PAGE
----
InformationWeek's Alex Wolfe dug through an Apple patent filing Monday and found that the company may be working on a videoconferencing feature for the iPhone.
According to Wolfe, the patent provides "proof...that Apple's thought through what it needs to do to make the iPhone video-recording and -conferencing capable." He then goes on to make the bold prediction that "we will see these features in the third-generation iPhone."
First off, I should note that companies file patent ideas all the time and usually, nothing comes of them. More often than not, patent filings are a way to cover the company just in case it decides to release the feature or stop its competitors that may try to offer it themselves. So, I'm less certain than Wolfe that videoconferencing will be made available in the third-generation of the iPhone.
But if videoconferencing does come to the next-gen iPhone, should we be excited? More importantly, will it mean that Apple will kick another improvement, like copy and paste, from the next iPhone to get videoconferencing into it?
I know both could probably be added to the device at the same time, but if we were forced to choose, which would we pick?
Videoconferencing would be a neat addition to the next-gen iPhone. Parents who travel would be able to see their kids when they call home and it would probably help Apple sell phones. After all, who wouldn't want to see their friends or family members when they call?
Videoconferencing also satisfies a common issue many iPhone owners (including myself) have with their mobile phone: it doesn't record video. If Apple adds videoconferencing, you can bet that camcorder functionality will be included.
But to say that videoconferencing would make perfect sense in the next version of the iPhone doesn't ring true to me. AT&T's 3G network isn't nearly as robust as it could be. If I witness lag issues on Skype and iChat over my cable broadband connection, can I really expect a better experience with my iPhone over 3G? I don't think so.
I'm also suspect of the cost of the prospective iPhone. Right now, the iPhone has a forward-facing camera to capture stills. If videoconferencing makes its way to the new iPhone, it would require a camcorder pointing out from the screen. And since videoconferencing would make users desire video recording even more, it wouldn't surprise me if Apple added another camcorder to capture video. Two camcorders could be expensive.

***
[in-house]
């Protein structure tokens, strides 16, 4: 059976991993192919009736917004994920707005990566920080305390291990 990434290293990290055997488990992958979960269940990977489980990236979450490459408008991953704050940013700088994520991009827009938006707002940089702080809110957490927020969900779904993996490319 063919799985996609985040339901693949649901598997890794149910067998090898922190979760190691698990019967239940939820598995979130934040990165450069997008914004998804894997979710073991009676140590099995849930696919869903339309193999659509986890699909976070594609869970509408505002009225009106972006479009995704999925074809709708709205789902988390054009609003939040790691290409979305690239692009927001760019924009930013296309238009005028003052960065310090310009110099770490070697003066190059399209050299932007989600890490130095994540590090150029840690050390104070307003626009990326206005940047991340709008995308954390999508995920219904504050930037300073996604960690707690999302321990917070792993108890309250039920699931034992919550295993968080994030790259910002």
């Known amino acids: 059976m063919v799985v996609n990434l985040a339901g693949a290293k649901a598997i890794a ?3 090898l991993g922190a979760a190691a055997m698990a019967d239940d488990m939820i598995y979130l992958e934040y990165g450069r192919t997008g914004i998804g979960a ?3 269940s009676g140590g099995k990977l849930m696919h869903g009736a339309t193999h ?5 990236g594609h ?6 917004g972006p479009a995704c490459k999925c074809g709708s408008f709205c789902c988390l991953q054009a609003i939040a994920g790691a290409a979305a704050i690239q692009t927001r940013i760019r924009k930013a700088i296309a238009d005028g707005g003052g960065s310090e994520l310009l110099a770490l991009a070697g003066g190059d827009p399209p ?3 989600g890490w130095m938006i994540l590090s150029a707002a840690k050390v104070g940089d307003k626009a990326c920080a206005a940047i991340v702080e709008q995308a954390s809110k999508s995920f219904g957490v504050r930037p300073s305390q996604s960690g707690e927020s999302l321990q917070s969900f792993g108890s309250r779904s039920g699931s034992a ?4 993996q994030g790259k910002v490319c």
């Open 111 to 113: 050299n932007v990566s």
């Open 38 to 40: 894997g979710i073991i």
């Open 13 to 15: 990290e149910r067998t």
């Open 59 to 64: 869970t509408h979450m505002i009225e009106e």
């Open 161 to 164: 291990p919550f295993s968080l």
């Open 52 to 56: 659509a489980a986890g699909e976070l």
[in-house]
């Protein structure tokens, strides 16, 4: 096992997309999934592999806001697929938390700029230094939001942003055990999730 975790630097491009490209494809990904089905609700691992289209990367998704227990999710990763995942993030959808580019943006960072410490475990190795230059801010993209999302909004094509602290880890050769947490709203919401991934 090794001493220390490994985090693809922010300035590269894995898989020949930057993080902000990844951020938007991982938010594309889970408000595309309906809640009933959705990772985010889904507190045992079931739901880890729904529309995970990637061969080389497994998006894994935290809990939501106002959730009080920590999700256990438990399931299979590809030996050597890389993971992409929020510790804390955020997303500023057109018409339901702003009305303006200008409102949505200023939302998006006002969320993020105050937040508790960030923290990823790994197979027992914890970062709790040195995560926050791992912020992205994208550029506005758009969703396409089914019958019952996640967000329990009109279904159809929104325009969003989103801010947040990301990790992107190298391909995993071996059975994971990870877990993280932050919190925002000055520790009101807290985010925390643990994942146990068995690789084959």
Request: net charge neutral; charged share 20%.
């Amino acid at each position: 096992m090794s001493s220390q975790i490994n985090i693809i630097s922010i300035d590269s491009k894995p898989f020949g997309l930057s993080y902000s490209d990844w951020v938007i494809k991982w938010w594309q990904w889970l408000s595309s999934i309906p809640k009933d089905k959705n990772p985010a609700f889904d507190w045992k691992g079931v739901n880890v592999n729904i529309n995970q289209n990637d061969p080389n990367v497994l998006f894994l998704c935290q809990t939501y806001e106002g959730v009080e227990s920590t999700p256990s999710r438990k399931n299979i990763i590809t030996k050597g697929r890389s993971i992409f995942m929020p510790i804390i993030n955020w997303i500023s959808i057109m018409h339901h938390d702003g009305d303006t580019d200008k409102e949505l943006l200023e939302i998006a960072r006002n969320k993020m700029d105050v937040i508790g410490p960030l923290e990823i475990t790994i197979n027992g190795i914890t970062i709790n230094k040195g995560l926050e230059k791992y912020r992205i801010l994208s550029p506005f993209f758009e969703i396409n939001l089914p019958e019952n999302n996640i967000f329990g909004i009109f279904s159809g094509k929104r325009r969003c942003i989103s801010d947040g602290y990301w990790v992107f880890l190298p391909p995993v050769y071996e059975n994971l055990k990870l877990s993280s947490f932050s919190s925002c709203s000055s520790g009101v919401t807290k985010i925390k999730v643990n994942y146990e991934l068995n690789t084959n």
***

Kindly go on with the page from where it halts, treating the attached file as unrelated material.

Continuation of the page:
Copy and paste
Copy and paste is my most desired addition to the iPhone. Period. I don't necessarily care about videoconferencing if it doesn't work well, but I want to be able to copy some text or a URL and paste it elsewhere on my iPhone. I don't think that's asking much.
But the main issue with copy and paste is that it probably won't sell more iPhones. I'm sure there's someone who's waiting for that feature, but the vast majority of people probably don't look at copy and paste as a reason to buy an iPhone. (By the way, the third-party workarounds don't provide enough value to be considered a true copy and paste feature.)
I've waited long enough for copy and paste on my iPhone and I think it only makes sense if it's added to the next-gen device. But I'm still not sold on videoconferencing. If Apple adds it in, I'll try it out, but I'm suspect of its implementation. We'll see.
We just don't know, unfortunately, what's coming in the next version of the iPhone. Only one thing is certain: I better see copy and paste.